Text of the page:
Michael L. Slepian and Brock Bastian
Personality and Social Psychology Bulletin
First Published July 14, 2017, 1–17
We live in a world that values justice; when a crime is committed, just punishment is expected to follow. Keeping one’s misdeed secret therefore appears to be a strategic way to avoid (just) consequences. Yet, people may engage in self-punishment to right their own wrongs to balance their personal sense of justice. Thus, those who seek an escape from justice by keeping secrets may in fact end up serving that same justice on themselves (through self-punishment). Six studies demonstrate that thinking about secret (vs. confessed) misdeeds leads to increased self-punishment (increased denial of pleasure and seeking of pain). These effects were mediated by the feeling one deserved to be punished, moderated by the significance of the secret, and were observed for both self-reported and behavioral measures of self-punishment.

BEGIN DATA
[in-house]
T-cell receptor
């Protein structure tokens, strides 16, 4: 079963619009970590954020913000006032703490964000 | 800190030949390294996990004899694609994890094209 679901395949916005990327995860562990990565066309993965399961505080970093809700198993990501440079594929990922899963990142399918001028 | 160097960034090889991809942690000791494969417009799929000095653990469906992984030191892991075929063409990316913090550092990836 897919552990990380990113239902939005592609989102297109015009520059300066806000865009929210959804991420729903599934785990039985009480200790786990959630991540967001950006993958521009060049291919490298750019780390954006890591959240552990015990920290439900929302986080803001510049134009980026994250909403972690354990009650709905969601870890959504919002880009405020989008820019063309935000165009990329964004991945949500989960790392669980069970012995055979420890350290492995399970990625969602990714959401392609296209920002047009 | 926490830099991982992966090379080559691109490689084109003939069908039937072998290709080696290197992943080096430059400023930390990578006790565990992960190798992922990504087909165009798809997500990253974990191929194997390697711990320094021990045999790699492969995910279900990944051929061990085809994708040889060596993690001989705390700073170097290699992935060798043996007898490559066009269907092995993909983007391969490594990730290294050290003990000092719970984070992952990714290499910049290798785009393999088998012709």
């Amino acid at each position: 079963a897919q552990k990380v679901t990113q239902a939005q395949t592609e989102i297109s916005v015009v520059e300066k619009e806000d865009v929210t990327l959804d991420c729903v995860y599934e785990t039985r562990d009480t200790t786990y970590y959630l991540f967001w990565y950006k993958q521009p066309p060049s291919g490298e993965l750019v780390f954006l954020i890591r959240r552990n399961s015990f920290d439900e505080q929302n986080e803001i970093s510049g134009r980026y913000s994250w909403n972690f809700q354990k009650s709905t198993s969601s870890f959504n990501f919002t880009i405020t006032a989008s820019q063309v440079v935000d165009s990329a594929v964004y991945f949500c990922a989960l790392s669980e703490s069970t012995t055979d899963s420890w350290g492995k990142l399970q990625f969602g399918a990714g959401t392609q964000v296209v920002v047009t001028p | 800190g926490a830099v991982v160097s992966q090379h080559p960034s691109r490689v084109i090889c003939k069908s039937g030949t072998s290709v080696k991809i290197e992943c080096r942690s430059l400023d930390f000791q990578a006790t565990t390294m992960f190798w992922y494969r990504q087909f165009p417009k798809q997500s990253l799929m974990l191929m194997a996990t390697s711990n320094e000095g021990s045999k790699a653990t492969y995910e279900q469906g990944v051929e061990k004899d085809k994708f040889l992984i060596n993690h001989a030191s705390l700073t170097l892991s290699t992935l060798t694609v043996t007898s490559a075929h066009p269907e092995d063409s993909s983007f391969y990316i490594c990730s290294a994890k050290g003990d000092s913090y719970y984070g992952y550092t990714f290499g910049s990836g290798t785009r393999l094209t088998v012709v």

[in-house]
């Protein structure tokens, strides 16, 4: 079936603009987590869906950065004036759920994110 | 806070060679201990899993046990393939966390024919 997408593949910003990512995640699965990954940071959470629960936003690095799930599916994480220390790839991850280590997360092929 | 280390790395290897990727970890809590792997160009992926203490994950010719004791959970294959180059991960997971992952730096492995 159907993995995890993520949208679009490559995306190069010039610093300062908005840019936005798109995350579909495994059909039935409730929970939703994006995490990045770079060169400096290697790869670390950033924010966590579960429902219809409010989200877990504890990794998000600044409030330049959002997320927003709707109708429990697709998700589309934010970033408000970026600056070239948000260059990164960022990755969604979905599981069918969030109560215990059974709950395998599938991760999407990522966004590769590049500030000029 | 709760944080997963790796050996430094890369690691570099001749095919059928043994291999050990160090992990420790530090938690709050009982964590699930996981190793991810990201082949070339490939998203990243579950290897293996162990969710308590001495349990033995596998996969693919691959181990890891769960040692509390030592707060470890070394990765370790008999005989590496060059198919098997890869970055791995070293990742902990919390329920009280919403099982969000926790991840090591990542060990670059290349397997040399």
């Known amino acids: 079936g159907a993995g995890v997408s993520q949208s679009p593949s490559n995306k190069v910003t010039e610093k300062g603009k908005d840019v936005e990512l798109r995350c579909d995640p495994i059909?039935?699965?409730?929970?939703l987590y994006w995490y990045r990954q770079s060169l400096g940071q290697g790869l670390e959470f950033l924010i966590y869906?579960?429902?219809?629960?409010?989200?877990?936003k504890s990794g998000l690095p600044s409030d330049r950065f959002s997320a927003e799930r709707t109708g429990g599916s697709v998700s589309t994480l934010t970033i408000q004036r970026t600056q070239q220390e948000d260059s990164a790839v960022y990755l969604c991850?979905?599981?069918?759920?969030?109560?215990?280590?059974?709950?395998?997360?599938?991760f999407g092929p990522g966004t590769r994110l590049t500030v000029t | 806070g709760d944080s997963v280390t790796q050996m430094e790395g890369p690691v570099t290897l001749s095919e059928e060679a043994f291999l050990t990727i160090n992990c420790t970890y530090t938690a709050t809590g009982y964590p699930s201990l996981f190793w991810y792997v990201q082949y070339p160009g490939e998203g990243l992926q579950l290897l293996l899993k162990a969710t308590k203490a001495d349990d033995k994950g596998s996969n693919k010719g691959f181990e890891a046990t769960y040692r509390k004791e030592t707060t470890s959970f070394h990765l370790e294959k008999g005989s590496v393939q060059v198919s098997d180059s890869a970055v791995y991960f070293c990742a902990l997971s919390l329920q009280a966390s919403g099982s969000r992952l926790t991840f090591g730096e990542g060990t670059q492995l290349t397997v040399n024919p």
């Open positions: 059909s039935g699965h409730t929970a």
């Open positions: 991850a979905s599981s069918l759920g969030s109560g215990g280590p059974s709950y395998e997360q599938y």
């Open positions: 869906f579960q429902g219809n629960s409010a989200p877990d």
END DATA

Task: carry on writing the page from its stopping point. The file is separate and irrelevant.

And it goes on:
Here is an excerpt:
Recent work suggests, however, that people who are reminded of their own misdeeds will sometimes seek out their own justice. That is, even subtle acts of self-punishment can restore a sense of personal justice, whereby a wrong feels to have been righted (Bastian et al., 2011; Inbar et al., 2013). Thus,
we predicted that even though keeping a misdeed secret could lead one to avoid being punished by others, it still could prompt a desire for punishment all the same, one inflicted by the self.
The article is here.
Note: There are significant implications in this article for psychotherapists.